Climate Change and the Past, Present, and Future of Biotic Interactions

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Science  02 Aug 2013:
Vol. 341, Issue 6145, pp. 499-504
DOI: 10.1126/science.1237184


Biotic interactions drive key ecological and evolutionary processes and mediate ecosystem responses to climate change. The direction, frequency, and intensity of biotic interactions can in turn be altered by climate change. Understanding the complex interplay between climate and biotic interactions is thus essential for fully anticipating how ecosystems will respond to the fast rates of current warming, which are unprecedented since the end of the last glacial period. We highlight episodes of climate change that have disrupted ecosystems and trophic interactions over time scales ranging from years to millennia by changing species’ relative abundances and geographic ranges, causing extinctions, and creating transient and novel communities dominated by generalist species and interactions. These patterns emerge repeatedly across disparate temporal and spatial scales, suggesting the possibility of similar underlying processes. Based on these findings, we identify knowledge gaps and fruitful areas for research that will further our understanding of the effects of climate change on ecosystems.

Climate change has occurred repeatedly throughout Earth’s history, but the recent rate of warming far exceeds that of any previous warming episode in the past 10,000 years (1, 2) and perhaps far longer. Knowledge of how climate change has altered interactions among organisms in the past may help us understand whether consistent patterns emerge that could inform the future of a warming and increasingly human-dominated planet. The fossil record provides an opportunity to study ecosystems on both ecological and geological time scales but is unevenly distributed across time, environments, and taxa and contains only fragmentary information about biotic interactions (3). Modern systems provide direct, though short-term, observational (4) and experimental (5, 6) evidence of changes in biotic interactions during climate change that together can elucidate important mechanisms driving ecological and evolutionary processes. However, it is not always clear how to extrapolate the insights gained from short-term observations over the longer time scales on which future climate change will play out. Robust predictions about the future require multispecies models that combine long-term insights from the past with more specific and shorter-term insights from modern systems—a herculean challenge, given that models for species responses to climate change have only begun to incorporate biotic interactions (7). Even the term “biotic interactions” means different things to different disciplines. We view biotic interactions in broad terms—namely, as the influence of individuals or populations on one another. In practice, observations from the fossil record and models of the future generally consider the potential interactions of co-occurring species, whereas actual interactions are more easily identified in modern systems. Here we combine insights from past and present-day ecological systems to understand how climate change has affected biotic interactions through time and to identify fruitful avenues for adequately predicting future changes to ecosystems.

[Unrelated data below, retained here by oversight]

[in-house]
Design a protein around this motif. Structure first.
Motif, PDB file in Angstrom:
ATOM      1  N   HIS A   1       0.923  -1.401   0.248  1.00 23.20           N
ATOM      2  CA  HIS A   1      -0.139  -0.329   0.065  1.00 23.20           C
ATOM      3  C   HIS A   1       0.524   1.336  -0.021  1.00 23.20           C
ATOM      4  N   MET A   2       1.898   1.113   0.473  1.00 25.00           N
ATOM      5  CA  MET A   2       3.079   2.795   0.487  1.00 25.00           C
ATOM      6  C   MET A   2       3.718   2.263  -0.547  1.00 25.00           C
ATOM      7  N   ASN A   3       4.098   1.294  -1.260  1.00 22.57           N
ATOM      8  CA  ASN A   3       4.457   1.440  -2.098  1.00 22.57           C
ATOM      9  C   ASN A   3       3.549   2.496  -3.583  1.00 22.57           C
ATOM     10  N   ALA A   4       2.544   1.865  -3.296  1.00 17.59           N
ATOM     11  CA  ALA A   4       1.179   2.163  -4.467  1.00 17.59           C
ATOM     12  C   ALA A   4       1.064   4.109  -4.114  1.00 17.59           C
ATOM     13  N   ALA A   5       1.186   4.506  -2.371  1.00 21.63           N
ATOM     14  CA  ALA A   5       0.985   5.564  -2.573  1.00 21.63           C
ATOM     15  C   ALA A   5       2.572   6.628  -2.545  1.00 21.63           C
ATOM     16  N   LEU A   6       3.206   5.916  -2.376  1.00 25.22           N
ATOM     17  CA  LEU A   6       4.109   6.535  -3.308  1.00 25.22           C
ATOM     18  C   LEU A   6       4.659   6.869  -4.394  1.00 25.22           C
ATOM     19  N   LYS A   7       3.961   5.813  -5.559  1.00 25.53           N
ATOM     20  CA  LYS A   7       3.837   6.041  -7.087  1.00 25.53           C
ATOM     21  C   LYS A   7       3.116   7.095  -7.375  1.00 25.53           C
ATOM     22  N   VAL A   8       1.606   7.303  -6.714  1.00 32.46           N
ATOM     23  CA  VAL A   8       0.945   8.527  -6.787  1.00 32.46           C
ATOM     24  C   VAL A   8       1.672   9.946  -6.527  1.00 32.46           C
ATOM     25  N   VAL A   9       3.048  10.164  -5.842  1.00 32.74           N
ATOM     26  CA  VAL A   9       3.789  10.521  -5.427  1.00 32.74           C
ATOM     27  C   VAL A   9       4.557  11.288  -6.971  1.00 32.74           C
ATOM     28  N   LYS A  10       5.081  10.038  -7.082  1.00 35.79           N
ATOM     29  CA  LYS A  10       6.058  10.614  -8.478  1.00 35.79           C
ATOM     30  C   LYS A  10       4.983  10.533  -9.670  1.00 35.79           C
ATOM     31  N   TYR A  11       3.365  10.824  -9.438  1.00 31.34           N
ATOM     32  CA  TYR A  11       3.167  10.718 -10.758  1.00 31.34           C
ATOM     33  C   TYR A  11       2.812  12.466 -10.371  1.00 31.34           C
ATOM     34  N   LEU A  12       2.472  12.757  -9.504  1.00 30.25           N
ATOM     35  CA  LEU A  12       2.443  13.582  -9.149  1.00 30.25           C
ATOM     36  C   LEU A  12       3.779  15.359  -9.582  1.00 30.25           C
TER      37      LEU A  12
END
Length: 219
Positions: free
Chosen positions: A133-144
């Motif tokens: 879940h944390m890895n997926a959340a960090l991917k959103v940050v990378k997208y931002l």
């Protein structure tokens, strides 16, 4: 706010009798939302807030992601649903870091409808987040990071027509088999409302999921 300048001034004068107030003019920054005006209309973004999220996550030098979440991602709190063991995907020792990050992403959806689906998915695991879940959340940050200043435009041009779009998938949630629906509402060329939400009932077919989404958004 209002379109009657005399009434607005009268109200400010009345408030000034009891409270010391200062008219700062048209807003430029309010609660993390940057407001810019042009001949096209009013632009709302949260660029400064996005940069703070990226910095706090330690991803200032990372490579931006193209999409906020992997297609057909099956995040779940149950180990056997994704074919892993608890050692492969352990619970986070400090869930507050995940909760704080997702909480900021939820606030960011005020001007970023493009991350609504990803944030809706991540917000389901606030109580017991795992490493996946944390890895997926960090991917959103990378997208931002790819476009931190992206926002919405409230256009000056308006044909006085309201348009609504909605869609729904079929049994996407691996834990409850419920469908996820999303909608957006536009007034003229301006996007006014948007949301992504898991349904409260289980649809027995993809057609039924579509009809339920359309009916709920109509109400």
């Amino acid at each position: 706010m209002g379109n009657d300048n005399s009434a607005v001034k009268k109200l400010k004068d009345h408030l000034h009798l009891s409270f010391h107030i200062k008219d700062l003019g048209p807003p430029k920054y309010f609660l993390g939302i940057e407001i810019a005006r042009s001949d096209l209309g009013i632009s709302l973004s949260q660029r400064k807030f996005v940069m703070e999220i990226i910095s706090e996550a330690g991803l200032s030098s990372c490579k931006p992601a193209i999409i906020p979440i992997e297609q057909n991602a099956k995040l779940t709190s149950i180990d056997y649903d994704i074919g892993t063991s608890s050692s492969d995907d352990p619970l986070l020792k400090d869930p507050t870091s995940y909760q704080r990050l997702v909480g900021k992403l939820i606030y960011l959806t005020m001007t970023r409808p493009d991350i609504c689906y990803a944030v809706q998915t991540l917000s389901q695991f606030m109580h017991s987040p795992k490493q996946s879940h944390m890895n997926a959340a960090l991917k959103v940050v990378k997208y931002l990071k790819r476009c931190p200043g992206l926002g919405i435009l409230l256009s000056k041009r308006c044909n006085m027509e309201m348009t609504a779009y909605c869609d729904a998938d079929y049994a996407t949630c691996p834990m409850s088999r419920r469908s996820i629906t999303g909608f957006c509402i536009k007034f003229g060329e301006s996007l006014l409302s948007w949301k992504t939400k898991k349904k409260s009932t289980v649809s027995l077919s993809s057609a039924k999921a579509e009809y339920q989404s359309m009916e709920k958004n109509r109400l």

How Did Past Climate Change Alter Biotic Interactions?

The geologic record provides unambiguous evidence that some past episodes of climate change have altered biotic interactions by driving extinction and speciation and altering the distributions and abundances of species. The relative diversities of clades and functional groups have varied enormously over geological time [for example, see Fig. 1 for marine genera (8)], and these diversity changes were often accompanied by changes in biotic interactions at both local (9) and global (8, 10) scales. Marine ecosystems, which have the most complete fossil record, exhibit long intervals of relative stability in broad ecological and taxonomic structure, punctuated by short episodes of turnover and ecological upheaval (Fig. 1). These episodes are the well-known mass extinction events (Fig. 1) (11), several of which appear to have resulted from climate change and associated changes such as ocean acidification, eutrophication, and anoxia (1215).